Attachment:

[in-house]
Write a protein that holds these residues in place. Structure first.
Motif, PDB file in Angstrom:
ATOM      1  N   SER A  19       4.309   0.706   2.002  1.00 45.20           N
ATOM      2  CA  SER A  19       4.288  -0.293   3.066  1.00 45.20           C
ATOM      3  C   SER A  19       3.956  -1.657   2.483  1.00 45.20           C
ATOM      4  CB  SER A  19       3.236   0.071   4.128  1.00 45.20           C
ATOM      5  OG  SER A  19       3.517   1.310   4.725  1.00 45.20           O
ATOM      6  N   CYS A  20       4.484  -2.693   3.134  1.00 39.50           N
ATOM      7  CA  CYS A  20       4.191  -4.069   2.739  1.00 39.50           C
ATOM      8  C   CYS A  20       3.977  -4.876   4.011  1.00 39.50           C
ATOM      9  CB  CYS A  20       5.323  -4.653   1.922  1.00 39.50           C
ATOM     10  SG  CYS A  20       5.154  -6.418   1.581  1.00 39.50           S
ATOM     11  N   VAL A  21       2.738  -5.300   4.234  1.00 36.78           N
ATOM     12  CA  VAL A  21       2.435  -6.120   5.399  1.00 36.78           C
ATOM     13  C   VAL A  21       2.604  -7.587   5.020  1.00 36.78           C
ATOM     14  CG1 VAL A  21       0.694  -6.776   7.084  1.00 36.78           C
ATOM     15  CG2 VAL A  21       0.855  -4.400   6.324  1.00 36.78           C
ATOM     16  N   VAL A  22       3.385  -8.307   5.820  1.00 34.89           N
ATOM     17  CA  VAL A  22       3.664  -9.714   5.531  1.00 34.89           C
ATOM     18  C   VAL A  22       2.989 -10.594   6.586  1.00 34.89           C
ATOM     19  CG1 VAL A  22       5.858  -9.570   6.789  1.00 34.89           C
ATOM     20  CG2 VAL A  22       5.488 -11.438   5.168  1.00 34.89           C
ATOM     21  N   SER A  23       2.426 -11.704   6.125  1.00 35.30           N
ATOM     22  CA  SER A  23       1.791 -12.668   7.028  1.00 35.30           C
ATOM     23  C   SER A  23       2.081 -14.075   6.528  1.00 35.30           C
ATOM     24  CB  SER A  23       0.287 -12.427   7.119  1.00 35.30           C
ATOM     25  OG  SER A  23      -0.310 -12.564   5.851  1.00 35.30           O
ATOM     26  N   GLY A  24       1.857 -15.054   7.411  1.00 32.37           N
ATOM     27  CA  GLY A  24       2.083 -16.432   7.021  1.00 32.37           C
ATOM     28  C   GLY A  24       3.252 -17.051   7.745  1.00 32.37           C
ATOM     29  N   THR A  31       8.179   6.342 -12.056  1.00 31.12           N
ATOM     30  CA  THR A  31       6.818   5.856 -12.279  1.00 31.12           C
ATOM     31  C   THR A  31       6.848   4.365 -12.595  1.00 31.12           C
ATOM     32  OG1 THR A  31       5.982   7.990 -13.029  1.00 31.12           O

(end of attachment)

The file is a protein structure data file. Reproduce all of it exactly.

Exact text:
[in-house]
Write a protein that holds these residues in place. Structure first.
Motif, PDB file in Angstrom:
ATOM      1  N   SER A  19       4.309   0.706   2.002  1.00 45.20           N
ATOM      2  CA  SER A  19       4.288  -0.293   3.066  1.00 45.20           C
ATOM      3  C   SER A  19       3.956  -1.657   2.483  1.00 45.20           C
ATOM      4  CB  SER A  19       3.236   0.071   4.128  1.00 45.20           C
ATOM      5  OG  SER A  19       3.517   1.310   4.725  1.00 45.20           O
ATOM      6  N   CYS A  20       4.484  -2.693   3.134  1.00 39.50           N
ATOM      7  CA  CYS A  20       4.191  -4.069   2.739  1.00 39.50           C
ATOM      8  C   CYS A  20       3.977  -4.876   4.011  1.00 39.50           C
ATOM      9  CB  CYS A  20       5.323  -4.653   1.922  1.00 39.50           C
ATOM     10  SG  CYS A  20       5.154  -6.418   1.581  1.00 39.50           S
ATOM     11  N   VAL A  21       2.738  -5.300   4.234  1.00 36.78           N
ATOM     12  CA  VAL A  21       2.435  -6.120   5.399  1.00 36.78           C
ATOM     13  C   VAL A  21       2.604  -7.587   5.020  1.00 36.78           C
ATOM     14  CG1 VAL A  21       0.694  -6.776   7.084  1.00 36.78           C
ATOM     15  CG2 VAL A  21       0.855  -4.400   6.324  1.00 36.78           C
ATOM     16  N   VAL A  22       3.385  -8.307   5.820  1.00 34.89           N
ATOM     17  CA  VAL A  22       3.664  -9.714   5.531  1.00 34.89           C
ATOM     18  C   VAL A  22       2.989 -10.594   6.586  1.00 34.89           C
ATOM     19  CG1 VAL A  22       5.858  -9.570   6.789  1.00 34.89           C
ATOM     20  CG2 VAL A  22       5.488 -11.438   5.168  1.00 34.89           C
ATOM     21  N   SER A  23       2.426 -11.704   6.125  1.00 35.30           N
ATOM     22  CA  SER A  23       1.791 -12.668   7.028  1.00 35.30           C
ATOM     23  C   SER A  23       2.081 -14.075   6.528  1.00 35.30           C
ATOM     24  CB  SER A  23       0.287 -12.427   7.119  1.00 35.30           C
ATOM     25  OG  SER A  23      -0.310 -12.564   5.851  1.00 35.30           O
ATOM     26  N   GLY A  24       1.857 -15.054   7.411  1.00 32.37           N
ATOM     27  CA  GLY A  24       2.083 -16.432   7.021  1.00 32.37           C
ATOM     28  C   GLY A  24       3.252 -17.051   7.745  1.00 32.37           C
ATOM     29  N   THR A  31       8.179   6.342 -12.056  1.00 31.12           N
ATOM     30  CA  THR A  31       6.818   5.856 -12.279  1.00 31.12           C
ATOM     31  C   THR A  31       6.848   4.365 -12.595  1.00 31.12           C
ATOM     32  OG1 THR A  31       5.982   7.990 -13.029  1.00 31.12           O